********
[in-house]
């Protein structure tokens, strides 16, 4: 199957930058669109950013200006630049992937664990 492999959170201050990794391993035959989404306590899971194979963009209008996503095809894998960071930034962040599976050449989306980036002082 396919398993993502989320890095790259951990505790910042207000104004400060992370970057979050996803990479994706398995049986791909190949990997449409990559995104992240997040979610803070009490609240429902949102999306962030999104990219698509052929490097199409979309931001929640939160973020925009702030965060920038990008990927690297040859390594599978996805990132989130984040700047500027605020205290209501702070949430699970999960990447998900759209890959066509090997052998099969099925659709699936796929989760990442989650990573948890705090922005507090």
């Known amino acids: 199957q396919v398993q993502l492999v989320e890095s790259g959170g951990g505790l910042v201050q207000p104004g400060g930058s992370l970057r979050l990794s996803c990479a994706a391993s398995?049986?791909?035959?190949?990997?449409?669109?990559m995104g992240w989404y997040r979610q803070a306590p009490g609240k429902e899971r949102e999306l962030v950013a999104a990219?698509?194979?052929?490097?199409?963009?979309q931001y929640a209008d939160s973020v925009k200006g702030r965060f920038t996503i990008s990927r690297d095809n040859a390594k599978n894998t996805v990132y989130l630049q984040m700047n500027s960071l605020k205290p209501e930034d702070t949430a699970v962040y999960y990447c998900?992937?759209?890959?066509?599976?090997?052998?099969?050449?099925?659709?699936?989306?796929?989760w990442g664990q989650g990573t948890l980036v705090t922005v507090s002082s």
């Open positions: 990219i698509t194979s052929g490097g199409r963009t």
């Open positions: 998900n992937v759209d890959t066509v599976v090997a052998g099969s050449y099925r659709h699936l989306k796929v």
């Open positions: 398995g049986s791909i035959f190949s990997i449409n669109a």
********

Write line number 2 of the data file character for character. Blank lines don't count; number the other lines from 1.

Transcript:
């Protein structure tokens, strides 16, 4: 199957930058669109950013200006630049992937664990 492999959170201050990794391993035959989404306590899971194979963009209008996503095809894998960071930034962040599976050449989306980036002082 396919398993993502989320890095790259951990505790910042207000104004400060992370970057979050996803990479994706398995049986791909190949990997449409990559995104992240997040979610803070009490609240429902949102999306962030999104990219698509052929490097199409979309931001929640939160973020925009702030965060920038990008990927690297040859390594599978996805990132989130984040700047500027605020205290209501702070949430699970999960990447998900759209890959066509090997052998099969099925659709699936796929989760990442989650990573948890705090922005507090």